Recently, an instructional coach visited an elementary classroom and was not surprised to find an individual bounding their leg as they attempted to stay focused on a discussion. What was surprising was the individual was not a student. Instead, it was the teacher who was meeting with the coach to discuss how to keep students engaged during her lessons. Kids aren’t the only culprits of leg bouncing and pencil tapping. Many adults also struggle with stay focused during meetings, repetitive tasks, and other on-the-job duties.
At a recent conference for school leaders, a woman sat in the third row of the audience intently focused on the speaker. Even though she was surrounded by school principals and assistant principals who deal with distracted learners on a regular basis, her bouncing leg was disruptive to those around her. Like many who struggle with attention deficit disorder, she didn’t even realize she was bouncing her leg. During interactive presentation, she was called upon by the speaker who mentioned she seemed nervous. Obviously, even he noticed her leg bouncing, only she had a tool in her pocket that she could discretely use, she may have avoided being embarrassed in front of her peers.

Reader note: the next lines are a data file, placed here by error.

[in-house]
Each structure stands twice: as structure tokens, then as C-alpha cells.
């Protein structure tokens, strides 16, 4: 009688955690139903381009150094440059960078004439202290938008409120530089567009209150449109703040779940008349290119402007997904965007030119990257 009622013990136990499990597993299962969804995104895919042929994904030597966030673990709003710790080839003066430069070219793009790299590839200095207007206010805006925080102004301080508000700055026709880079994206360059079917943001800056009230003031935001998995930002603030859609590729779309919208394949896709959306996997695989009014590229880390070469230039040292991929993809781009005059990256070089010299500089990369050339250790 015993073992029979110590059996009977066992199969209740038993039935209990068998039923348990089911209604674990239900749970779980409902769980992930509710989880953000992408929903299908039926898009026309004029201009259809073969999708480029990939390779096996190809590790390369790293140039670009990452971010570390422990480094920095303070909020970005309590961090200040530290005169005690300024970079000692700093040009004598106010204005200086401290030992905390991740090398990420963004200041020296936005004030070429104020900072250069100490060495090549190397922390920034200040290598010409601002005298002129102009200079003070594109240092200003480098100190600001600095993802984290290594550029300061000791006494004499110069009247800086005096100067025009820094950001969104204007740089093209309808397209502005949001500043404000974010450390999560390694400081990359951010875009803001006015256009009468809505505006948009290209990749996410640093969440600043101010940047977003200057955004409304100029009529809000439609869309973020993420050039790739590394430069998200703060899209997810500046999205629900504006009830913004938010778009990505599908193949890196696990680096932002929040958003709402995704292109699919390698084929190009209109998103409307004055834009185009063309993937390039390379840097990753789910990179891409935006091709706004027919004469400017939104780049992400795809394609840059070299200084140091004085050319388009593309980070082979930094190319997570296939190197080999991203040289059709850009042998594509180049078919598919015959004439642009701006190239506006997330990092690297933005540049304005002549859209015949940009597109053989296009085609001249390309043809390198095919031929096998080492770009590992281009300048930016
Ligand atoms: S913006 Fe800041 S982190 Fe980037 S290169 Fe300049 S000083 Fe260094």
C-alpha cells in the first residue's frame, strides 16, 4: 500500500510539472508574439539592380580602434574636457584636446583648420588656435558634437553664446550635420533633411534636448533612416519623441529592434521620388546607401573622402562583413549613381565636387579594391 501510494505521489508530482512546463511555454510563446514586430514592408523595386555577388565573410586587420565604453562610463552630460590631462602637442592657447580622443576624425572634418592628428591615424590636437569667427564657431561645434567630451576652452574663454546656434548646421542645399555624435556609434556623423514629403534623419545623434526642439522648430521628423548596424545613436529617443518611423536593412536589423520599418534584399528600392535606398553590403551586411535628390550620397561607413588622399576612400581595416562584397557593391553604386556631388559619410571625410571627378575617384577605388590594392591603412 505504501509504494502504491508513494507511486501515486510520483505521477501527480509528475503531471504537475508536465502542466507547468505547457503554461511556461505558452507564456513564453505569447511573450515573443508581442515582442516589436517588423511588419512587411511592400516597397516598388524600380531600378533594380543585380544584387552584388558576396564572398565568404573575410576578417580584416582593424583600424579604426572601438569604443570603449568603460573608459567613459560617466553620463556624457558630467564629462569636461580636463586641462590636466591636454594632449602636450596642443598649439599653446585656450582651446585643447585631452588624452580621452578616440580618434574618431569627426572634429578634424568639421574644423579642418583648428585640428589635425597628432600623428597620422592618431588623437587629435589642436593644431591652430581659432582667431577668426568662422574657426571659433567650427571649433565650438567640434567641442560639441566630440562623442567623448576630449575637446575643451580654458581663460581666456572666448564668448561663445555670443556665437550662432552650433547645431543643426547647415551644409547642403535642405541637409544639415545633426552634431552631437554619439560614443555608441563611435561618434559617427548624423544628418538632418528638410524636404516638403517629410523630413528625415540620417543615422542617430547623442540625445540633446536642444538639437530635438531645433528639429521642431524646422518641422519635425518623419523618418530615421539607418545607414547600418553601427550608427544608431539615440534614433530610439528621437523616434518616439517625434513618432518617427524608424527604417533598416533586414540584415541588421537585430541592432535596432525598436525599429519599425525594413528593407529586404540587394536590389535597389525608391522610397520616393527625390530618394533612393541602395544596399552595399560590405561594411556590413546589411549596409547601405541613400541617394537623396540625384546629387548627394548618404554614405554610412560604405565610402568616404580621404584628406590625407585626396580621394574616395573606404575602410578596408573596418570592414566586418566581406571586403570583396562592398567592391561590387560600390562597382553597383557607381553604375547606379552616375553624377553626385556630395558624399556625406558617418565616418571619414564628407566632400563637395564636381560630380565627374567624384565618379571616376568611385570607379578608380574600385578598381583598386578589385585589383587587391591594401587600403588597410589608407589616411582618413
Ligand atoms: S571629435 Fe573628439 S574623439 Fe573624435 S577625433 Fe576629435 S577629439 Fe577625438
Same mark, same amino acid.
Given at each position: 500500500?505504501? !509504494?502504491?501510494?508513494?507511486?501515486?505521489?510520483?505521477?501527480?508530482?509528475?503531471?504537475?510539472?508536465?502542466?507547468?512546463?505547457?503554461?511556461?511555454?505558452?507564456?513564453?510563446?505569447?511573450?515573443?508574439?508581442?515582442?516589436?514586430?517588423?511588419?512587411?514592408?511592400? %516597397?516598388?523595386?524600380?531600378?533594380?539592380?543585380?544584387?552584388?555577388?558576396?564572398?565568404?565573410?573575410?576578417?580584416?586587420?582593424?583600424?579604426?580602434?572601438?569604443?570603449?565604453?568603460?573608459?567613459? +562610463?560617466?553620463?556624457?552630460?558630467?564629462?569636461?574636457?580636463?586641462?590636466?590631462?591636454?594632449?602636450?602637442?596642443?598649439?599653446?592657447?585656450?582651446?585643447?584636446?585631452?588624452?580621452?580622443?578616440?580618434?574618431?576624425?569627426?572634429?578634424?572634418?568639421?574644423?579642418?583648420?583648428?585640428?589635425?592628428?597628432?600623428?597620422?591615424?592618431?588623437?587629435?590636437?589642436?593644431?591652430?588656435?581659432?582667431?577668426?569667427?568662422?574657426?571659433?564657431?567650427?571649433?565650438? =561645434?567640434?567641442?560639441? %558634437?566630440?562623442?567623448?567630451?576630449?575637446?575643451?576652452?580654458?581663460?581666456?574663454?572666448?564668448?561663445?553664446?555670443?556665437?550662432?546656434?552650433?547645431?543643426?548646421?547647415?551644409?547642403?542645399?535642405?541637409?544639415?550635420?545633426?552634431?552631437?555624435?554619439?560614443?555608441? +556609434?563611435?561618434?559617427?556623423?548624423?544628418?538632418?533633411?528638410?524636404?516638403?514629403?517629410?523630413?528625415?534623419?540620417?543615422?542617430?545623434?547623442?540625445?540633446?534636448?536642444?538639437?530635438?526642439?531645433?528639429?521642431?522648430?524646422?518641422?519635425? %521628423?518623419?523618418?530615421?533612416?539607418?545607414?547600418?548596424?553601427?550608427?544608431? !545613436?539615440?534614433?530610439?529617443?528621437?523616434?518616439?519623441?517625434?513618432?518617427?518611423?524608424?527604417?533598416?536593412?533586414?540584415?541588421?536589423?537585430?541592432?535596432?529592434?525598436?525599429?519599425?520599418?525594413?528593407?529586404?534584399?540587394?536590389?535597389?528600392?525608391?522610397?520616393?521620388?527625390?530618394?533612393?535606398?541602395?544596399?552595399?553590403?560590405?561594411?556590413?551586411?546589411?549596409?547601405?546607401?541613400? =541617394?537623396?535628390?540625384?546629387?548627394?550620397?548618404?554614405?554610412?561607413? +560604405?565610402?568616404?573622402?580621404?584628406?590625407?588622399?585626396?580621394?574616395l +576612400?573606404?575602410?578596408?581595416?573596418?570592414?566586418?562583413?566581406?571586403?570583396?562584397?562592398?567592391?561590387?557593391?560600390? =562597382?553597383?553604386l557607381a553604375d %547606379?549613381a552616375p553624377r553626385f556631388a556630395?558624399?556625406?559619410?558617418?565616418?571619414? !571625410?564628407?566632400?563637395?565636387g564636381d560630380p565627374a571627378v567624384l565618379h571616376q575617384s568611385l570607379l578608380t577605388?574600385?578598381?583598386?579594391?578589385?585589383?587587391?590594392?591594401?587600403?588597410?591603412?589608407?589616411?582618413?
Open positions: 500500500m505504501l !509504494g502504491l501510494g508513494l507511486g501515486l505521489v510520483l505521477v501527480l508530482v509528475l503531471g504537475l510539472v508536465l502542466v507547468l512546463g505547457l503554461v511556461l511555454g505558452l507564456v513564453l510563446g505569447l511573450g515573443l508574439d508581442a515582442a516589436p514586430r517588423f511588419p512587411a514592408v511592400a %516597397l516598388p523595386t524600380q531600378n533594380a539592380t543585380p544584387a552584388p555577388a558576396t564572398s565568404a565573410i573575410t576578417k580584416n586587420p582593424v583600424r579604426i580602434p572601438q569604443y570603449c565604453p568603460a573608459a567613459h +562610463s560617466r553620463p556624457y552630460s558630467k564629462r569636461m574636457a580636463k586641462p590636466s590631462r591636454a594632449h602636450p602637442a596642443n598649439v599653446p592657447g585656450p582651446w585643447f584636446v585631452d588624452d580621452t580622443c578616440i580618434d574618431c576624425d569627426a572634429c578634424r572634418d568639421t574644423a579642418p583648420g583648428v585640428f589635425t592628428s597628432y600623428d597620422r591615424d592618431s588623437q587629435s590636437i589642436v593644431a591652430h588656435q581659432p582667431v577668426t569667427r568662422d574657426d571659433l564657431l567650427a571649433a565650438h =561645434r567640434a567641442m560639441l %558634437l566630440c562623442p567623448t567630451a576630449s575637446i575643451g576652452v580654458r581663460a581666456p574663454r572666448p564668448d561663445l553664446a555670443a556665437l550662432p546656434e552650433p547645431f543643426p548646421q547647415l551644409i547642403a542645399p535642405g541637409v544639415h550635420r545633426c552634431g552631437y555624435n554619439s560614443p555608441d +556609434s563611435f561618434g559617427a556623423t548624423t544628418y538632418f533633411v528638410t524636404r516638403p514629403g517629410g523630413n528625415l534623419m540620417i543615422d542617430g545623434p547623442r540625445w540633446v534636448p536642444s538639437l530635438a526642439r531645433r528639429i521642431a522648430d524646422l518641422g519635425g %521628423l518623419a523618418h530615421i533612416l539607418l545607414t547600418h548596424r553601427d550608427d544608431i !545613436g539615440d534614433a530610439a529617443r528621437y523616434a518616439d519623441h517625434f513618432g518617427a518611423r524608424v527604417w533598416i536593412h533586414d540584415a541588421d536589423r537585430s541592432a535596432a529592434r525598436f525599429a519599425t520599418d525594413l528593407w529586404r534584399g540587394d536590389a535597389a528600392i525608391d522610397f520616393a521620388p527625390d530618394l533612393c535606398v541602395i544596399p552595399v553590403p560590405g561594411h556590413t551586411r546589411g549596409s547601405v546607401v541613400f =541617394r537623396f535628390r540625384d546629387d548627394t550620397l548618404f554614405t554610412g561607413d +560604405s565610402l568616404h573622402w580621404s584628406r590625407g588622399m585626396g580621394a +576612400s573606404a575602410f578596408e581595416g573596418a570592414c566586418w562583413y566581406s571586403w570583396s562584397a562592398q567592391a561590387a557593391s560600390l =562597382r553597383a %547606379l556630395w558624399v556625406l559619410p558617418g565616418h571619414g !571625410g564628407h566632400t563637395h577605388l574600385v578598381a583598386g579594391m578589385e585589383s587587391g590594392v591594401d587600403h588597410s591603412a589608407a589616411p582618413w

Adults need fidget toys, too. As an adult, it is expected that one can focus and complete tasks in a timely manner. This expectation can be very frustrating to someone who struggles to stay in the moment. Today, more than ever, adults’ attention is drawn in many directions. Technology has created the perfect storm for many adults with ADHD. Their attention is constantly being drawn to incoming emails, text messages, and phone calls as they attempt to complete tasks or focus during meetings. Fidgetland has created fidget toys designed to help adults who are easily distracted stay attentive to their task at hand.
Professional development companies have recommended that presenters provide easily accessible items, such as paperclips and stress balls, for their audience to fidget with during long presentations. Many adults have found this to be helpful to their ability to focus during lengthy meetings and training sessions. According to Kathryn Isbiister for The Daily Good, fidget toys for adults are not a fad that will go away soon. These best-selling toys have become a tool used by many over the age of eighteen to help them on the job. What may have started as a school-age craze, has found its way to the desks of many young adults who find themselves struggling to focus with so many disruptions to their attention during the work day.
For adults with attention issues, finding just the right level of mental stimulation that is discrete is imperative. Depending on the task, optimal mental stimulation can vary. What works for one person, may not work for another. Tailoring to customers’ needs has driven Fidgetland to develop 10 different designs for their fidget toys. These pock-sized devices provide adults with many options to meet their needs.